FA Chairman Greg Dyke thinks limiting foreigners will help England win the 2022 World Cup in Qatar - but John Robertson says it would in fact make things worse...
The collective consciousness of our small nation's football fans continues to revolve around a world state that no longer exists. We might like to think of ourselves as a superpower of the modern and future football world, but the reality is different. We've been well and truly surpassed.
As a result of that misplaced sense of superiority, England loves to place blame anywhere but at its own doorstep. Pick an English player, manager, commentator or pundit at random, ask them why the England team is 'failing' (more on that later) and you're likely to get the same answer: too many foreigners in the Premier League. It's a response that's as lazy as it is inaccurate and xenophobic.
The notion that English players would be better if foreigners were kept out is ridiculous, a gross misreading of the situation that has the potential to damage homegrown talent by ignoring the real reasons for the (debatable) failure of the England team. To put it as simply as possible: having fewer foreign players in the Premier League would only make the England national team worse.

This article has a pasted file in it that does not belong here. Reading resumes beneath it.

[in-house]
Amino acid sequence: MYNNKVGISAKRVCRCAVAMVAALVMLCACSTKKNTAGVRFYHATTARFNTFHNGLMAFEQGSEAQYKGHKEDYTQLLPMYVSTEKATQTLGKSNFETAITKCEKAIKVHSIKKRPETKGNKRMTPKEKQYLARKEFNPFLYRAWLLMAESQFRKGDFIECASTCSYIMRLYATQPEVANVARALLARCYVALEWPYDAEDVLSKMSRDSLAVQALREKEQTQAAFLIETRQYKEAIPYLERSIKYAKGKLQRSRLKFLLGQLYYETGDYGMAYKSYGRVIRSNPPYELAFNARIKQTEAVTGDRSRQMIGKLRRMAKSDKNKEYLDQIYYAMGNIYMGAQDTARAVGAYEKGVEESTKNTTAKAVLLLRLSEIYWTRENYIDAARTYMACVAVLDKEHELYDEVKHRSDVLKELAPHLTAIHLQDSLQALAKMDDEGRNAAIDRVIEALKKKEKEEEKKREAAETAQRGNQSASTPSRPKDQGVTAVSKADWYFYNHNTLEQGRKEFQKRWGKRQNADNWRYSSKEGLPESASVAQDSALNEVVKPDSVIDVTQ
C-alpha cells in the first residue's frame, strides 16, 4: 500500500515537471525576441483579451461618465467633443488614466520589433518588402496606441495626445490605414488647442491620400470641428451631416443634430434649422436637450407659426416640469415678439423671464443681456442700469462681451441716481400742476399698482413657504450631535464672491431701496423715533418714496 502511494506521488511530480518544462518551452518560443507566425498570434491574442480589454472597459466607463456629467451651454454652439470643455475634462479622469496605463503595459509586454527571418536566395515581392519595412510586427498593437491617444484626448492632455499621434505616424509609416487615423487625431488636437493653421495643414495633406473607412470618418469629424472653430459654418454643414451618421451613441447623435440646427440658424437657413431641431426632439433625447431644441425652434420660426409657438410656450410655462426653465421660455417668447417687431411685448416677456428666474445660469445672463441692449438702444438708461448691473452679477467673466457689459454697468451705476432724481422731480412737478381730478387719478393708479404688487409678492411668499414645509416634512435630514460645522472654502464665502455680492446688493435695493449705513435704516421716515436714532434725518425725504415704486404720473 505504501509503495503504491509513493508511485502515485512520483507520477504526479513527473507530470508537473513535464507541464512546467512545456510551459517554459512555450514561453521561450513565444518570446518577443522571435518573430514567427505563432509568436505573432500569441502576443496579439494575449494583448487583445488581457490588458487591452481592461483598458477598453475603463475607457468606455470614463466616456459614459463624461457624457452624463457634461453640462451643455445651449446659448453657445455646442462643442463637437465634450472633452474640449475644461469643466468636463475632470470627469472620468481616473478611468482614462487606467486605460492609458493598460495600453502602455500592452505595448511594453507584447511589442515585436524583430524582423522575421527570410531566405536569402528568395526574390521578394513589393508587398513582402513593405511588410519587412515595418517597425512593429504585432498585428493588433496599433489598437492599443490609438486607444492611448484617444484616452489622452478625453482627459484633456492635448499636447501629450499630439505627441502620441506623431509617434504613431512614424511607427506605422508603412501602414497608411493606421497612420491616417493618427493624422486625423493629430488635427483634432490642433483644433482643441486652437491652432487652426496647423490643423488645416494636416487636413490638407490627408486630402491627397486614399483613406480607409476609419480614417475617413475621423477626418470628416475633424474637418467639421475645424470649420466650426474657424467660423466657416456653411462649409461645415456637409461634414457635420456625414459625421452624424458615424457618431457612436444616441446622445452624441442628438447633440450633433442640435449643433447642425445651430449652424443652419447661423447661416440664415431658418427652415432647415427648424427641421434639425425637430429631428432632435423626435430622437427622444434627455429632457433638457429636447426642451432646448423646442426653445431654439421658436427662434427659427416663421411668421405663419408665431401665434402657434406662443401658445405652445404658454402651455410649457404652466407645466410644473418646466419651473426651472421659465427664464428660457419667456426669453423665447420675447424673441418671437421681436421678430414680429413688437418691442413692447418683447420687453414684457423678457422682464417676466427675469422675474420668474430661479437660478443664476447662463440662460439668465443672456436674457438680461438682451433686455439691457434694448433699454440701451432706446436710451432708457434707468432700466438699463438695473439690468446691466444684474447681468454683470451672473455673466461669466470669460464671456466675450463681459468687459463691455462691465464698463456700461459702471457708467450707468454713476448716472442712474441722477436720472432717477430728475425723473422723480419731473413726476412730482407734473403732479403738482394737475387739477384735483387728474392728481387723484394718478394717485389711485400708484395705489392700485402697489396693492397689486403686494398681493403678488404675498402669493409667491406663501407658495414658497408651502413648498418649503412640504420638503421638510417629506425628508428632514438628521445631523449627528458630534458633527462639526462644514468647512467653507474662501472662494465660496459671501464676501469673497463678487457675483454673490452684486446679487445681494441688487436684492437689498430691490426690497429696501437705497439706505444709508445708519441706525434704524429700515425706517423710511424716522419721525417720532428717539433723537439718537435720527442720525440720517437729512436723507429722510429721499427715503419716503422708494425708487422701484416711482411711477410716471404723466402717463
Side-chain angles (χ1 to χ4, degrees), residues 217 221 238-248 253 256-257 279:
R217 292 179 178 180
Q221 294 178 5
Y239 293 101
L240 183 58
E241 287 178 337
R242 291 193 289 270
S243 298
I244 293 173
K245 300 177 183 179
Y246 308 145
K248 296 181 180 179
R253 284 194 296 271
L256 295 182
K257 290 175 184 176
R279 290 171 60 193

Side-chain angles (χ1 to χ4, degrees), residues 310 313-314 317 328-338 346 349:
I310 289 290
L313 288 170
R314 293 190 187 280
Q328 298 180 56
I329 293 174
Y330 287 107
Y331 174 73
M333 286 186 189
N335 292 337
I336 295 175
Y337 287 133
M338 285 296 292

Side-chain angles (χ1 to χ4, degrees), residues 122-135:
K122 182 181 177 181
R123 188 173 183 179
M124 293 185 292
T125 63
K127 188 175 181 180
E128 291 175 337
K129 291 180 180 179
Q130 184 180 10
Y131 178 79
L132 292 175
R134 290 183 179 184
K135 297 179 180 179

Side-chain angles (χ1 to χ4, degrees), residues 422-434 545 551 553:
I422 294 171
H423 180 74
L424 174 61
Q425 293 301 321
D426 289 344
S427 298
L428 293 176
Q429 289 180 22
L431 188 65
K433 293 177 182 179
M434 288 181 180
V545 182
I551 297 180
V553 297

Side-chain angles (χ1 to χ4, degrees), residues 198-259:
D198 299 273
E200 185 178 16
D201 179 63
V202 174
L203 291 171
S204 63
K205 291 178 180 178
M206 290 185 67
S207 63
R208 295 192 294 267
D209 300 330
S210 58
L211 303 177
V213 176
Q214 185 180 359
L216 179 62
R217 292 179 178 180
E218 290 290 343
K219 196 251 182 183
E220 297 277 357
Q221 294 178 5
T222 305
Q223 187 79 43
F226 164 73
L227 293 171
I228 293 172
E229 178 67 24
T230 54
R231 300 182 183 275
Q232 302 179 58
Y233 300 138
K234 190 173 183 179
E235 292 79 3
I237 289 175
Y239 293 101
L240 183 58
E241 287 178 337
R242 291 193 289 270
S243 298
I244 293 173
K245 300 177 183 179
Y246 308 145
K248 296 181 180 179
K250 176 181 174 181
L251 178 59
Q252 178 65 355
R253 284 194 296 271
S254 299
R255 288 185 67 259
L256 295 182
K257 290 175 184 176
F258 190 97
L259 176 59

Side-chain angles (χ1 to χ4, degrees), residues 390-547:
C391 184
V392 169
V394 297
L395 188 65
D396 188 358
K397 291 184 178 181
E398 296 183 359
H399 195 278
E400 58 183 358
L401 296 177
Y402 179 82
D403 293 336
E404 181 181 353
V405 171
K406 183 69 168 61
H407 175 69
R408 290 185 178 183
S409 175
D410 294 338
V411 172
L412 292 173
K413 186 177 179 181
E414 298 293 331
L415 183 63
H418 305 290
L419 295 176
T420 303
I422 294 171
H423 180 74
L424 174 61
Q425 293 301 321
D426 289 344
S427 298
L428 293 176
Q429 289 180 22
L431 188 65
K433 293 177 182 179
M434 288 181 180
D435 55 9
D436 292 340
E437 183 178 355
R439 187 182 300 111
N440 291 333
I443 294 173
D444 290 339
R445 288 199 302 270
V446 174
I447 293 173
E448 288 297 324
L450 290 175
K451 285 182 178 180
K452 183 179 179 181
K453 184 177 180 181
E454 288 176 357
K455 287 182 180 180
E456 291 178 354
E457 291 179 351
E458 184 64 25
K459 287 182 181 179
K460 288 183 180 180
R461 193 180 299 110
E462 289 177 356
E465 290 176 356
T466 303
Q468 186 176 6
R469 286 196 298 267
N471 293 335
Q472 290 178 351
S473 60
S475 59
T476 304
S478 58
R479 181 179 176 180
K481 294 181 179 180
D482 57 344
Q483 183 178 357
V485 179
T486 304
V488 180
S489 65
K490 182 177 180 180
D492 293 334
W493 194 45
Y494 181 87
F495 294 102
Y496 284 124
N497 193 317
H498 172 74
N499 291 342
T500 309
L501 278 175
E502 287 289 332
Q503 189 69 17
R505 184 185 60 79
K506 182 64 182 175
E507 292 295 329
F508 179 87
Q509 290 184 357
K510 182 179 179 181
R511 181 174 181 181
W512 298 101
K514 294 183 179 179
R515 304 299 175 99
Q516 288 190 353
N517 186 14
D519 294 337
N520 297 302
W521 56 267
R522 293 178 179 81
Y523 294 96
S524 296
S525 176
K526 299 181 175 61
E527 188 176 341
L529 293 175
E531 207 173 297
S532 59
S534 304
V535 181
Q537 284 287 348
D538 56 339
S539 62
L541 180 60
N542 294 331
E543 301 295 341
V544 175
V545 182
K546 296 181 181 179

Knowledge and incentives
At the core of the FA's drive to drum up support for foreign player quotas is a belief that giving more playing time to Englishmen will make them better. This is the kind of banal simplification that English football so often uses to shoot itself in the foot, akin to 'it's pointless to practice penalties' and that direct football means 'the dreaded long ball' - both ideas subsequently disproved by foreign coaches and players.
That's nothing new: imported ideas have frequently made the England team better and will continue to do so. There's no better way of absorbing ideas than to witness them first-hand.
To do that we need foreign players in England in great numbers. Not only do they teach us a new cultural understanding of football, thereby diversifying and strengthening our knowledge, they motivate our young players to be better than they would otherwise become.
A cap on foreign players in our leagues is a protectionist policy that promotes mediocrity
A cap on foreign players in our leagues is a protectionist policy that promotes mediocrity. Engaging with the world makes your own systems better through the sharing of knowledge.
That rings true whether you're constructing cars, establishing banks or raising the next generation of footballers. Without competition from foreign players, English youngsters would have less incentive to improve.
Rather than needing to be better than other players from around the world to secure a squad spot, you would only need to be better than the comparatively tiny group of players that you grew up with.